6 Things to know about landing pages

Landing pages are pages that are built to generate leads or sales from a specific offer. They have focused and targeted messaging that is geared to match the expectations and needs of your reader.

A landing page provides direct entry into your sales funnel and is an integral component of your online business.

Unlike a webpage which contains links to other pages and a variety of calls to action (CTAs), a landing page is a standalone page with a single call to action and no external links.

A landing page is also referred to as a lead capture page, a post-click page, a splash page, a static page or even a squeeze page.

Why do you need a landing page?

A landing page offers a way for you to generate leads or sales through a lead generating landing page or a click-through landing page.

A lead generating landing page usually provides a free resource or offer in exchange for your name, email, or phone number.

A click-through landing page is used to persuade users to click through to a specific page and then take action by making a purchase or signing up for a free trial.

In either case, they offer you a fantastic way to build your email list. Your email list allows you to share tips, offers, and products to people who have already expressed an interest in what you are offering.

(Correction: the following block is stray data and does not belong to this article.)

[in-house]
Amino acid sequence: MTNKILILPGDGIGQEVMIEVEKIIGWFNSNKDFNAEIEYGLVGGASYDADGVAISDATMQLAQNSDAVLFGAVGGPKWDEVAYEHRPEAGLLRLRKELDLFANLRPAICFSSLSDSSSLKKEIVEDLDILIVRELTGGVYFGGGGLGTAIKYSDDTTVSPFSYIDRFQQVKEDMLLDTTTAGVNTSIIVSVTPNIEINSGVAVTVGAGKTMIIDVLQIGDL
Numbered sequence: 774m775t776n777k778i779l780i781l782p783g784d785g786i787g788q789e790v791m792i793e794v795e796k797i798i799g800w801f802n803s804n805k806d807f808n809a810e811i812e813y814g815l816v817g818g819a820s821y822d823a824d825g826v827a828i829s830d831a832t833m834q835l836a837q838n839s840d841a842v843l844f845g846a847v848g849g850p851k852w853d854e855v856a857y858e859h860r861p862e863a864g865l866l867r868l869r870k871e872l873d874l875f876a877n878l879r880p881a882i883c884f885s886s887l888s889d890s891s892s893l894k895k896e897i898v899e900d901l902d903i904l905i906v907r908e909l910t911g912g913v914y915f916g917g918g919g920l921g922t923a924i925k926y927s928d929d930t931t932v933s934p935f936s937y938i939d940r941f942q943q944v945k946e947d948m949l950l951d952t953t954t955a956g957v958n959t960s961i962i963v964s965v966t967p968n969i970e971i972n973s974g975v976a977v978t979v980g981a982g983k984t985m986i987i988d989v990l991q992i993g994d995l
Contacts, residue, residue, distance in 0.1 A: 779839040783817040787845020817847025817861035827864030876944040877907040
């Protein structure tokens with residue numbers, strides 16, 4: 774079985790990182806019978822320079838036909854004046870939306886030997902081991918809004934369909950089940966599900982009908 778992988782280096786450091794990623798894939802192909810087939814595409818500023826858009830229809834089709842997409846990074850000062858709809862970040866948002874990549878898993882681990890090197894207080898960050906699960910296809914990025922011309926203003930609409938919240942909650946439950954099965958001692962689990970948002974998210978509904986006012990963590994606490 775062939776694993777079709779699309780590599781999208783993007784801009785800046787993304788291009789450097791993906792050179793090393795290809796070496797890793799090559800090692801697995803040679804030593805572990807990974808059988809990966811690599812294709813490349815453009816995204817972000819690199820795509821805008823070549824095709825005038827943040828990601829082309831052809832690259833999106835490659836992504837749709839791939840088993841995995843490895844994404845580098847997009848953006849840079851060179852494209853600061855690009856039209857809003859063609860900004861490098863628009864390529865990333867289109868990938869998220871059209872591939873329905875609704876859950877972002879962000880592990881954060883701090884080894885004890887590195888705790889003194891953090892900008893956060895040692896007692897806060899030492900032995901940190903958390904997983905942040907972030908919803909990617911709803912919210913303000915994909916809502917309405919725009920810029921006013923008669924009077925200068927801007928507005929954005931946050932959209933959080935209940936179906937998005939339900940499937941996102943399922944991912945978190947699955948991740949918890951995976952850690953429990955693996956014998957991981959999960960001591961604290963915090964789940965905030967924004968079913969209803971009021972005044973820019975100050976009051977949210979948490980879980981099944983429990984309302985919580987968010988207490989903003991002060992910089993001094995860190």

When should you create one?

You will need to create a landing page when you have something to offer your audience that you don’t want to give them for free. You want to at least have access to their name, email, or phone number before you deliver this offer to them. It is a way to give them access to “gated content” or content that is not openly available to everyone through an online search.

What type of content requires a landing page?

"A landing page allows you to capture emails in exchange for A free download, whitepaper, ebook, or catalog. Your newsletter. Your course. Your product or driving pre-orders for it. Your membership. Your video. Your conference or event.
An app download.
And much more. " written on a computer screen. Laptop is on a white background with a blue flowered notebook laying across the keyboard.

You can create a landing page before giving your audience access to things like:

  • A free download, whitepaper, ebook, or catalog.
  • Your newsletter.
  • Your course.
  • Your product or driving pre-orders for it.
  • Your membership.
  • Your video.
  • Your conference or event.
  • An app download.
  • And much more.

Do you have to have a website?

No, you don’t have to have a website to use a landing page. You can make a landing page using external apps like MailerLite, Unbounce, Convertkit, and many others.

In fact, with tools like the free version of MailerLite, you don’t even have to own your own domain before you can begin to share content and capture emails through a landing page.

Can you put a landing page on your website?

Just as you don’t have to have a website to create landing pages, if you do have a website you don’t have to use a third-party app. You can build your landing pages on your site. However, make sure that you have the tools on your website to capture emails.

You will also want to remember to disable your header navigation. The idea behind a landing page is that your reader lands on the page and either provides their email to get your offer or leaves.

What are the key components of a good landing page?